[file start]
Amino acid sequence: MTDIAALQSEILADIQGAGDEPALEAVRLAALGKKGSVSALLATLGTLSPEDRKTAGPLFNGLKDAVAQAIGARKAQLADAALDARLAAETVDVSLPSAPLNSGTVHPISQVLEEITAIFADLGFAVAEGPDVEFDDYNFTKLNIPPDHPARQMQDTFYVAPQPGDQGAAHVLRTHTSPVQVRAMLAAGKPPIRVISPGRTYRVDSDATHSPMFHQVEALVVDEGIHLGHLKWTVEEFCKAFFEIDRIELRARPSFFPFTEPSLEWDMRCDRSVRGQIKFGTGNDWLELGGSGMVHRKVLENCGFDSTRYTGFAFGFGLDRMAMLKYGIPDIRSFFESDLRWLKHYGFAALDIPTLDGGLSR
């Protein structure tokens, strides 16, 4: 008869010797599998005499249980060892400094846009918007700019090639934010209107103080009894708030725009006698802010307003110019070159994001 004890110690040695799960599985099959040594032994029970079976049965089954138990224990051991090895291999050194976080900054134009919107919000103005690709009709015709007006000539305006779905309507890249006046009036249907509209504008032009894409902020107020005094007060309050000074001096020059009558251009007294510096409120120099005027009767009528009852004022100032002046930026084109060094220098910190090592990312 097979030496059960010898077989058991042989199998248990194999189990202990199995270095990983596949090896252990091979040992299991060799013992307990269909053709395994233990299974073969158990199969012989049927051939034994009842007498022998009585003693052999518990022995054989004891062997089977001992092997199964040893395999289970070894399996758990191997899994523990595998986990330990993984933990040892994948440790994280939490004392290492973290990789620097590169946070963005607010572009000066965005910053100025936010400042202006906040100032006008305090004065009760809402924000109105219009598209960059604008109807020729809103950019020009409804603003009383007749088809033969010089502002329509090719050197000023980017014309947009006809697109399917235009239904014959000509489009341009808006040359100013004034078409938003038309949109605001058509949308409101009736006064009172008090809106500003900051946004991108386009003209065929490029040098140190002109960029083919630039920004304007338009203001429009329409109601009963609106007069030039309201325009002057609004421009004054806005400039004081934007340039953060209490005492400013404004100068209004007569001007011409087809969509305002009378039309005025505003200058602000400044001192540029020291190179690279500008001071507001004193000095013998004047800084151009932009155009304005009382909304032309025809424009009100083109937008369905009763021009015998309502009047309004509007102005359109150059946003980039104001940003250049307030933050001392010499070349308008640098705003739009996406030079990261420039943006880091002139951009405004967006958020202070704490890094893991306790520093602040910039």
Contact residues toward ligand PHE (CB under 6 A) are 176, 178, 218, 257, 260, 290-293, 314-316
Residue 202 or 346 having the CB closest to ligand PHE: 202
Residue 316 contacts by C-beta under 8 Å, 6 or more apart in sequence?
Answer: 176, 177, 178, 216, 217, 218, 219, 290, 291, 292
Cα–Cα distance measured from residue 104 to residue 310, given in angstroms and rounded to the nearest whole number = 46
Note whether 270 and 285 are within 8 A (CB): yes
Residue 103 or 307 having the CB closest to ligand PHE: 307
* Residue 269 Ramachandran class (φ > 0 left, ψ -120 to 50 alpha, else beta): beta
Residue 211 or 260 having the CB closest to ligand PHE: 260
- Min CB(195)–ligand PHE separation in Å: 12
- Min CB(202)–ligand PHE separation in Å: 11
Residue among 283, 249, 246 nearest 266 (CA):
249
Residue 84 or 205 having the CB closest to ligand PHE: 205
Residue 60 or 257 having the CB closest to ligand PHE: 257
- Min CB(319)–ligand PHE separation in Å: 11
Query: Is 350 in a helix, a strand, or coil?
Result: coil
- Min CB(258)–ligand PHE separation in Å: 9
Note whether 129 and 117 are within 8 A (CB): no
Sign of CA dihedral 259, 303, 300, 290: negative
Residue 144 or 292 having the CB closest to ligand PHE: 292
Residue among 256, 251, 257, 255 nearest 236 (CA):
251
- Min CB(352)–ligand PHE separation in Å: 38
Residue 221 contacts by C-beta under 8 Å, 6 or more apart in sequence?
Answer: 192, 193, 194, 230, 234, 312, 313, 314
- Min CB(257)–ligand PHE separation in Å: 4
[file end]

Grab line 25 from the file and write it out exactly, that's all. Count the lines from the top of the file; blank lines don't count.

Residue among 256, 251, 257, 255 nearest 236 (CA):